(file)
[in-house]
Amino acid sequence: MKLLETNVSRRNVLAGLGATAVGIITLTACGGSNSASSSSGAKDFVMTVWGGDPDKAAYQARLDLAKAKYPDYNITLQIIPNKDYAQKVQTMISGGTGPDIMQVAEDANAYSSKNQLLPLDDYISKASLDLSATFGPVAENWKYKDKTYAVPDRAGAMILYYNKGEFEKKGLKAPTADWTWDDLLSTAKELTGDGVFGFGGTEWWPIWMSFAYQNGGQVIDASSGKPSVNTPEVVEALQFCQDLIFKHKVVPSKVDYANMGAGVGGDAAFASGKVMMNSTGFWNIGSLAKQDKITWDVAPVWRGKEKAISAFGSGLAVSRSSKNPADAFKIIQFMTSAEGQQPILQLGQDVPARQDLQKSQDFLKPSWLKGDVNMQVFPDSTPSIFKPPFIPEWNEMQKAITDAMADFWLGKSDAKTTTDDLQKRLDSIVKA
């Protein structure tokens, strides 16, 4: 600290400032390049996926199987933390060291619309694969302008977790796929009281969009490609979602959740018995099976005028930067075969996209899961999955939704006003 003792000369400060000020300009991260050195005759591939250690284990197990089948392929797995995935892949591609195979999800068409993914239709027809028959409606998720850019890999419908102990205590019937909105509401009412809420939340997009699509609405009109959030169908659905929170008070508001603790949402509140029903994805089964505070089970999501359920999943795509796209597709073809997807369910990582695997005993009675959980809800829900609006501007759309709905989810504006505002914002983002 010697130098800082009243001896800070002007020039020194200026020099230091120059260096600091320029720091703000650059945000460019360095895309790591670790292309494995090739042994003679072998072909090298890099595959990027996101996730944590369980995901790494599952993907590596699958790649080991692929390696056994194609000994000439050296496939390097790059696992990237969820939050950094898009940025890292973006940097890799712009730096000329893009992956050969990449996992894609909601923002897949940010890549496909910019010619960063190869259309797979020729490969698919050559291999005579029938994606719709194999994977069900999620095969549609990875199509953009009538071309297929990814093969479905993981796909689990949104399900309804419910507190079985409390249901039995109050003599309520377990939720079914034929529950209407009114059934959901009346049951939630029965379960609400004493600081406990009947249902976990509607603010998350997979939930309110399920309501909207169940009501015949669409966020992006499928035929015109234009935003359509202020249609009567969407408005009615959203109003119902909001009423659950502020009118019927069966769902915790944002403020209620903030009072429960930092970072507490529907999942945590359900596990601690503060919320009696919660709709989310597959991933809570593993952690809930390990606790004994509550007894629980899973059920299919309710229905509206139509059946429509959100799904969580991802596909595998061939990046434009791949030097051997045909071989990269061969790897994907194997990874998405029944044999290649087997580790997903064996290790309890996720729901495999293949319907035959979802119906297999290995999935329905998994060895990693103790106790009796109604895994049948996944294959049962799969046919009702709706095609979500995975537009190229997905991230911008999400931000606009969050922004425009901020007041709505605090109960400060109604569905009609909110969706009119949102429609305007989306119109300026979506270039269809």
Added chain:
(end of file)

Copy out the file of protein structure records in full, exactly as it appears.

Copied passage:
[in-house]
Amino acid sequence: MKLLETNVSRRNVLAGLGATAVGIITLTACGGSNSASSSSGAKDFVMTVWGGDPDKAAYQARLDLAKAKYPDYNITLQIIPNKDYAQKVQTMISGGTGPDIMQVAEDANAYSSKNQLLPLDDYISKASLDLSATFGPVAENWKYKDKTYAVPDRAGAMILYYNKGEFEKKGLKAPTADWTWDDLLSTAKELTGDGVFGFGGTEWWPIWMSFAYQNGGQVIDASSGKPSVNTPEVVEALQFCQDLIFKHKVVPSKVDYANMGAGVGGDAAFASGKVMMNSTGFWNIGSLAKQDKITWDVAPVWRGKEKAISAFGSGLAVSRSSKNPADAFKIIQFMTSAEGQQPILQLGQDVPARQDLQKSQDFLKPSWLKGDVNMQVFPDSTPSIFKPPFIPEWNEMQKAITDAMADFWLGKSDAKTTTDDLQKRLDSIVKA
């Protein structure tokens, strides 16, 4: 600290400032390049996926199987933390060291619309694969302008977790796929009281969009490609979602959740018995099976005028930067075969996209899961999955939704006003 003792000369400060000020300009991260050195005759591939250690284990197990089948392929797995995935892949591609195979999800068409993914239709027809028959409606998720850019890999419908102990205590019937909105509401009412809420939340997009699509609405009109959030169908659905929170008070508001603790949402509140029903994805089964505070089970999501359920999943795509796209597709073809997807369910990582695997005993009675959980809800829900609006501007759309709905989810504006505002914002983002 010697130098800082009243001896800070002007020039020194200026020099230091120059260096600091320029720091703000650059945000460019360095895309790591670790292309494995090739042994003679072998072909090298890099595959990027996101996730944590369980995901790494599952993907590596699958790649080991692929390696056994194609000994000439050296496939390097790059696992990237969820939050950094898009940025890292973006940097890799712009730096000329893009992956050969990449996992894609909601923002897949940010890549496909910019010619960063190869259309797979020729490969698919050559291999005579029938994606719709194999994977069900999620095969549609990875199509953009009538071309297929990814093969479905993981796909689990949104399900309804419910507190079985409390249901039995109050003599309520377990939720079914034929529950209407009114059934959901009346049951939630029965379960609400004493600081406990009947249902976990509607603010998350997979939930309110399920309501909207169940009501015949669409966020992006499928035929015109234009935003359509202020249609009567969407408005009615959203109003119902909001009423659950502020009118019927069966769902915790944002403020209620903030009072429960930092970072507490529907999942945590359900596990601690503060919320009696919660709709989310597959991933809570593993952690809930390990606790004994509550007894629980899973059920299919309710229905509206139509059946429509959100799904969580991802596909595998061939990046434009791949030097051997045909071989990269061969790897994907194997990874998405029944044999290649087997580790997903064996290790309890996720729901495999293949319907035959979802119906297999290995999935329905998994060895990693103790106790009796109604895994049948996944294959049962799969046919009702709706095609979500995975537009190229997905991230911008999400931000606009969050922004425009901020007041709505605090109960400060109604569905009609909110969706009119949102429609305007989306119109300026979506270039269809």
Added chain: